Johannes Brahms, 1833-1897
In the summer of 1890, Brahms planned to retire from his composing career, intending his String Quintet, Op. 111 in G major to be his swan song. When he signed off on the final publisher’s proof of his second viola quintet, Brahms added a note stating, “With this letter you can bid farewell to my music, because it is certainly time to leave off . . .” As with many of his compositions, the piece was originally conceived for a different ensemble, in this case as sketches for a fifth symphony. And though it ended as a string quintet with two violas, a grand symphonic sonority still graces the outer movements. It is an extraordinary work, one of the finest in Brahms’s oeuvre and therefore all of chamber music: exuberant, elegant, subtle, original and unmistakably Brahms in nearly every bar. It makes advances on the first viola quintet written eight years earlier and would have made a perfect final composition for Brahms had it ultimately turned out that way. But a lingering “Indian Summer” of 1891 found Brahms writing once more to produce his ineffable chamber works featuring the clarinet after which he would truly call it quits.
A big orchestral texture launches the first movement with a lush shimmering of the four upper instruments as the cello sings the a lively theme soaring merrily into its upper registers in one of the longest melodies Brahms ever used in the sonata form context. A gentle sway in 9/8 meter animates the exposition through two more themes, each lyrical and charming, softening the athleticism of the first and creating a radiant, beneficent mood betraying nothing of Brahms’s leave taking. The development sweetens the shimmering into a kind of celestial hovering before bounding into a muscular development working motives, counterpoint and the ever-rocking figurations into a froth that breaks with the recapitulation like the sun bursting through clouds. It ends with a glorious coda making this opening movement one of Brahms’s most sublime.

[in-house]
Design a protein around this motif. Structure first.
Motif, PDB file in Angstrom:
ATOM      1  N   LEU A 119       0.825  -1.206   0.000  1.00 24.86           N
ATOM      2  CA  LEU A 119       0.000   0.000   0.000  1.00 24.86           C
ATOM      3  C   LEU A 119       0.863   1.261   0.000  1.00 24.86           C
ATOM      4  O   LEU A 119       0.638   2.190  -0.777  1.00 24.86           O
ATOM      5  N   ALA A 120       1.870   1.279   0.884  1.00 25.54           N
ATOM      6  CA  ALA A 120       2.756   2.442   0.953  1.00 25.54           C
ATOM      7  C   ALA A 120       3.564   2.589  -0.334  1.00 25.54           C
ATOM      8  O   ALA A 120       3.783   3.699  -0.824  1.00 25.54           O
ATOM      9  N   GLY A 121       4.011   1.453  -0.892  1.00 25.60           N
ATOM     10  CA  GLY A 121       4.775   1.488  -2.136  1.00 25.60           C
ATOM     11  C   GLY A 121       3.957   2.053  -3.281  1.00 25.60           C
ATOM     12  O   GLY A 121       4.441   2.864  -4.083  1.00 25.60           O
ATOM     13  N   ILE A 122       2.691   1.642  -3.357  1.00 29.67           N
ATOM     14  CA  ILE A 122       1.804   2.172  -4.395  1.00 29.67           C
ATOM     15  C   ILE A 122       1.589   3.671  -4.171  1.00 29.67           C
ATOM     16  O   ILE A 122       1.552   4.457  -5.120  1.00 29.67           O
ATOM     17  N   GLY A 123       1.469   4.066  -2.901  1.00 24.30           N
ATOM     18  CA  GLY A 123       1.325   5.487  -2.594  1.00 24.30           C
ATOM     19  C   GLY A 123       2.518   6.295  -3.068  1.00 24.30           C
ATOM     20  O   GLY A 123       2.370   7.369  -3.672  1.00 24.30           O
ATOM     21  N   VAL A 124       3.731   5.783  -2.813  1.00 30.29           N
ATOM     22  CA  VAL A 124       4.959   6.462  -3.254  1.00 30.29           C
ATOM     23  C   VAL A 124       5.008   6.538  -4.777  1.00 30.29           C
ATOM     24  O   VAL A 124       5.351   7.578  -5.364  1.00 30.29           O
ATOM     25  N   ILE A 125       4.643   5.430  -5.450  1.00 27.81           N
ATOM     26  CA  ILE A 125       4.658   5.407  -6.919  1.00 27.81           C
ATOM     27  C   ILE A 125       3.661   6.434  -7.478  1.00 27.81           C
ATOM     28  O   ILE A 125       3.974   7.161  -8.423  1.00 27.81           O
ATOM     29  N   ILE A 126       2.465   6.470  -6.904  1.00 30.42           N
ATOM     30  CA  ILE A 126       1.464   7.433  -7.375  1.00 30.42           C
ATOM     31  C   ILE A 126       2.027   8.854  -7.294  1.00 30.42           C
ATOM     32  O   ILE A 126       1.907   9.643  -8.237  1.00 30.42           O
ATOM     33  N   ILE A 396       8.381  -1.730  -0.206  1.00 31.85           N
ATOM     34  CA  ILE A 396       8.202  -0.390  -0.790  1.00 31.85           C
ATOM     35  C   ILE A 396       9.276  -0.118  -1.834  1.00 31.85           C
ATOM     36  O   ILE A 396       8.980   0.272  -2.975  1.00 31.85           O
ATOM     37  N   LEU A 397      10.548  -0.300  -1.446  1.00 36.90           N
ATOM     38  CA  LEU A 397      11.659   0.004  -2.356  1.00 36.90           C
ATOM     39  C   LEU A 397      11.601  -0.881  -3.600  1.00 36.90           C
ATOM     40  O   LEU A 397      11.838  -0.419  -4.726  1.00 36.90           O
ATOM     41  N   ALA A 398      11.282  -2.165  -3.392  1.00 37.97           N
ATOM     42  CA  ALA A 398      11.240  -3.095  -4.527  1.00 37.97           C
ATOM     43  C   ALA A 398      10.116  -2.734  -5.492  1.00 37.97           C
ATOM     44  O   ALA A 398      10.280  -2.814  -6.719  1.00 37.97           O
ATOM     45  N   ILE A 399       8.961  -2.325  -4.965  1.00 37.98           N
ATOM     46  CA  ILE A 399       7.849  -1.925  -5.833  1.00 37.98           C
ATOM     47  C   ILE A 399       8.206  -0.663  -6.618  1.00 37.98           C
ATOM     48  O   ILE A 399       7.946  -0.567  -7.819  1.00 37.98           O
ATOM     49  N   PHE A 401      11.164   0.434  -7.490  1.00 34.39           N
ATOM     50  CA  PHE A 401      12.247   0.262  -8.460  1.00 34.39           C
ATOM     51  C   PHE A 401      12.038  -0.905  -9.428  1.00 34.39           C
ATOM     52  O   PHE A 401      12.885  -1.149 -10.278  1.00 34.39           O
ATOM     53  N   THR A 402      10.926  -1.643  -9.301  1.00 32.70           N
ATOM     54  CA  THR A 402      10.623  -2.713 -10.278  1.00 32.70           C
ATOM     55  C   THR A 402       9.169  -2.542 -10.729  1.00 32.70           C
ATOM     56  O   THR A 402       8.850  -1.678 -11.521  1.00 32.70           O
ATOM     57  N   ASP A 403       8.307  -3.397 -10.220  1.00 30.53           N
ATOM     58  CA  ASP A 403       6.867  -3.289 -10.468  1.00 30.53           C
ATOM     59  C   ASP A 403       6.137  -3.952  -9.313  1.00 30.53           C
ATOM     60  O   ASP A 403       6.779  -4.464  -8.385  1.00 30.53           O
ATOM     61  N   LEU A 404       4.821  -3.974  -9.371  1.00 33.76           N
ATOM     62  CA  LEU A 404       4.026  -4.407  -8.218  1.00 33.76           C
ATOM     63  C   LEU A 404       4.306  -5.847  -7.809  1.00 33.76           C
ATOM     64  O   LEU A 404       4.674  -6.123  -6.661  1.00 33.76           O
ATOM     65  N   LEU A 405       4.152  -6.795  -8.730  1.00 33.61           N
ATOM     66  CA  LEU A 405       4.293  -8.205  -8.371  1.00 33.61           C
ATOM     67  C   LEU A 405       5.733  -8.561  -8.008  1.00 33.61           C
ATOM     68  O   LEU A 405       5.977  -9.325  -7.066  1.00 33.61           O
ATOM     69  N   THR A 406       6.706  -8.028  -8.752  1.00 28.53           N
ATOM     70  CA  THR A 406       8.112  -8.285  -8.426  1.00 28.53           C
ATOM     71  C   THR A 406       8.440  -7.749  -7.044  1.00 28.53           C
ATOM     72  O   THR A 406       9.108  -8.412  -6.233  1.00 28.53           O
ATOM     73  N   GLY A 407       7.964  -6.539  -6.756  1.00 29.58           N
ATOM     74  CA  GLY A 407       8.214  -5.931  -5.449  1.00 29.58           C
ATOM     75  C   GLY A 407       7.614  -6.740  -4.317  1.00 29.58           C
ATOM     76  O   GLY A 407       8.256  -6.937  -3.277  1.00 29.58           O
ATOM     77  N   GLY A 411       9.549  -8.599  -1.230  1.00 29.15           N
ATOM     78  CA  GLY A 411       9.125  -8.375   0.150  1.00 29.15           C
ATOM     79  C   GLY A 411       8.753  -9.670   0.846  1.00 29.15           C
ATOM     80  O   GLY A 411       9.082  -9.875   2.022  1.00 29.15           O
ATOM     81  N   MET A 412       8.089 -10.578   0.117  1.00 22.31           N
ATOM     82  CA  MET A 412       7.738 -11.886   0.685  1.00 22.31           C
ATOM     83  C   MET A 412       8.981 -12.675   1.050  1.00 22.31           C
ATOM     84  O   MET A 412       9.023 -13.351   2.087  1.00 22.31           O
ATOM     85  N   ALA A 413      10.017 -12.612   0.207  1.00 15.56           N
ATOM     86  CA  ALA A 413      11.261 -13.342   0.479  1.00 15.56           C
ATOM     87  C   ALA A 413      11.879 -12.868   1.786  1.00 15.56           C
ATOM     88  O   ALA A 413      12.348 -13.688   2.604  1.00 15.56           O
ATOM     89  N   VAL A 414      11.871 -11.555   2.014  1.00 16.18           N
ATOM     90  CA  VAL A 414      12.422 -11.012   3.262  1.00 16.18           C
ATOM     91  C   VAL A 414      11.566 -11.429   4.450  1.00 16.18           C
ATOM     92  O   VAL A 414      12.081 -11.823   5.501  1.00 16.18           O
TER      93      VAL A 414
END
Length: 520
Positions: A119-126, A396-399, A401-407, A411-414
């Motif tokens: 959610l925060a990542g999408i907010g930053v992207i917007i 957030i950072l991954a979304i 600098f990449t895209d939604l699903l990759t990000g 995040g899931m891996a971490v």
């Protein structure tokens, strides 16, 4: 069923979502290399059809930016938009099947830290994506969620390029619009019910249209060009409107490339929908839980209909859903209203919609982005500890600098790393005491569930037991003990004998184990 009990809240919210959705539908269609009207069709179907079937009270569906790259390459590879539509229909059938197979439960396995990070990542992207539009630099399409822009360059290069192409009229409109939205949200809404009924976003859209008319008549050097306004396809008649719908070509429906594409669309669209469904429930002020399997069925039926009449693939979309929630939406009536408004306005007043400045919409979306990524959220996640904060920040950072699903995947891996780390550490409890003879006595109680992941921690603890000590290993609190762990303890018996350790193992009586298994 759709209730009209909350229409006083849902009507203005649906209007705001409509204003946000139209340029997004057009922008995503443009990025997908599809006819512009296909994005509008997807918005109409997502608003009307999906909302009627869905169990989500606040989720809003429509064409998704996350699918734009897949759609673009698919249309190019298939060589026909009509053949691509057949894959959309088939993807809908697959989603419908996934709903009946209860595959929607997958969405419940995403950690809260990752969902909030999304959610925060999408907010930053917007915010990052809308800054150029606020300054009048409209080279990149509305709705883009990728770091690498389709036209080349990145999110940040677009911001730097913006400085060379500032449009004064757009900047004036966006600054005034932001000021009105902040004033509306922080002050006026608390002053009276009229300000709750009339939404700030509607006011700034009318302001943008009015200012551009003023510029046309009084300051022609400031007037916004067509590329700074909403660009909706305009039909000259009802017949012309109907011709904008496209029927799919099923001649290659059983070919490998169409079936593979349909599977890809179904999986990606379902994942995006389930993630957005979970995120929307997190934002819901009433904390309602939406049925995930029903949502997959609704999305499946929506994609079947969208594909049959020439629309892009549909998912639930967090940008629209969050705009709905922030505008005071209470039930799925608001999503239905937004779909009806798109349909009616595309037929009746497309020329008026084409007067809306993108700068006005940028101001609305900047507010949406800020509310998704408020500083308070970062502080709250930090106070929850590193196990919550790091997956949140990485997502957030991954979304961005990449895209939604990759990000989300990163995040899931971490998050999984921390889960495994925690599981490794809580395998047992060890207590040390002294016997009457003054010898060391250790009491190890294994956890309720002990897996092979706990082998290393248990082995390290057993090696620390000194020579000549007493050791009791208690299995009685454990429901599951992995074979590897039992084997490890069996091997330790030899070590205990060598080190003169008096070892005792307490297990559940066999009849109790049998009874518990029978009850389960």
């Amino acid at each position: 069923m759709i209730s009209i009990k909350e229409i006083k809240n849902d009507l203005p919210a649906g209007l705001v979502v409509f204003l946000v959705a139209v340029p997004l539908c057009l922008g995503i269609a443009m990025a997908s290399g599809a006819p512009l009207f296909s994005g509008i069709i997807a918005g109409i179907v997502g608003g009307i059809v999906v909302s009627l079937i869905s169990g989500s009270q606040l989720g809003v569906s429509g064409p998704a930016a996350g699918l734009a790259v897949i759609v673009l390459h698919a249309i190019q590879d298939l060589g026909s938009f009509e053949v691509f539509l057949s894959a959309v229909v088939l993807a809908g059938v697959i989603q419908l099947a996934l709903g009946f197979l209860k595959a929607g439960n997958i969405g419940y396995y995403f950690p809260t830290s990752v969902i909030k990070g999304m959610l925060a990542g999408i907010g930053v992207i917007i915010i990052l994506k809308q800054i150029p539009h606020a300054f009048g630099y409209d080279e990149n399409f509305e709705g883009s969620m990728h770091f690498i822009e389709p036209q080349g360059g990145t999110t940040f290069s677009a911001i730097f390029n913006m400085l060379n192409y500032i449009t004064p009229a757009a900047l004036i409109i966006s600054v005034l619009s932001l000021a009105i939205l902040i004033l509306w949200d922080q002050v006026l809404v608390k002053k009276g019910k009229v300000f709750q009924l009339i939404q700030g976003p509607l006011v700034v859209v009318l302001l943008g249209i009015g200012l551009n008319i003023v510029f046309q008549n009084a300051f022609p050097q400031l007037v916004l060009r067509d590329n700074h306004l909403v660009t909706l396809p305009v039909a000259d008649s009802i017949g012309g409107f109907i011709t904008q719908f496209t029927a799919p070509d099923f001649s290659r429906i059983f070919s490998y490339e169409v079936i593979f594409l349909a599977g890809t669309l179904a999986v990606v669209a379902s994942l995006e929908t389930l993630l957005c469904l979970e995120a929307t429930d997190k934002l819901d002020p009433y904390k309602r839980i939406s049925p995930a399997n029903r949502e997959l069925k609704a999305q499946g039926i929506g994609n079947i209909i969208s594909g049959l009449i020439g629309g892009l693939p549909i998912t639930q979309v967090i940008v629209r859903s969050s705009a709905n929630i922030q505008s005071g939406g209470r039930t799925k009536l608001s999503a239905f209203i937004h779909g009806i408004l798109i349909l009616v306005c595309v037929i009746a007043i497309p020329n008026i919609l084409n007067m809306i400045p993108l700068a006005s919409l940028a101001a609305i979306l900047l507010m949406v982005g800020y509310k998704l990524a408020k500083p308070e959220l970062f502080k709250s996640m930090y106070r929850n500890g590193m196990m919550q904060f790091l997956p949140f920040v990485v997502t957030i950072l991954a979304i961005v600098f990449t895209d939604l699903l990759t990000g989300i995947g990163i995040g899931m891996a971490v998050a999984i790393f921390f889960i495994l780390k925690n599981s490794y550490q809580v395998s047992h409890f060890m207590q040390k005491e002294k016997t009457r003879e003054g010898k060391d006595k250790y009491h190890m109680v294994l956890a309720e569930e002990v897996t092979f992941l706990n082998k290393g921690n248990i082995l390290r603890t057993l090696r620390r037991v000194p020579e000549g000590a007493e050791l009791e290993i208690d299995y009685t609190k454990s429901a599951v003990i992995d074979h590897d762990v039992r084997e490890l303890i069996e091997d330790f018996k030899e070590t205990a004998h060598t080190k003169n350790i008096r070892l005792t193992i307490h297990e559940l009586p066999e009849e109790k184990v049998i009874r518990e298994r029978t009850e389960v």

The two central movements turn inward with more subdued sonorities, a melancholy darkened by minor keys and the reedy tone of the violas in the middle range of the ensemble. First, the slow movement adagio walks a slow, stately march introduced by a viola duet over a pizzicato base line in the cello. The single dominant theme recurs five times, each time with a fresh scoring and an ever-changing harmonization. The music rises in a surge as the theme ripens into a yearning major tonality then tumbles into a stormy density of tremolo, fading into a lonely cadenza for solo viola and a final statement of the wistful march. The third movement is equally pensive, tentative and reserved. The duple-meter march becomes a triple-meter waltz, a kind of “waltz misterioso” in a scherzo and trio form where the outer sections in G minor give way to a sweeter interior in G major, a brightly gentle relief that recurs, slightly transformed, like a memory in the coda, a wan smile after an extended frown.
The finale restores the vivacious grandeur of the first movement like robust, sunlit mountains enclosing the shaded valleys between them. Characterized by many writers as a jovial dance, it begins with a touch of angst as a worried five-note motif in the “wrong” key before bursting into the proper tonic with a leaping, accented dance evoking the same youthful robustness as the shimmering start. A second theme like a country jig in rolling triplets intensifies the vital groove. The form suggests a sonata movement, but the music is more lively and organic that any schematic with the five-note motive and the leaping accents blending into an indistinguishable synergy constantly evolving with Brahms’s signature thematic variation. An infectious driving builds into a moto perpetuo rush toward the end erupting into another Brahms signature: an inexhaustible Hungarian dance. Accents, trills, the dashing motif and a gigantic chord of 13 notes conspire to conclude this stunning quintet, a brilliant end for Brahms before his special clarinet encore.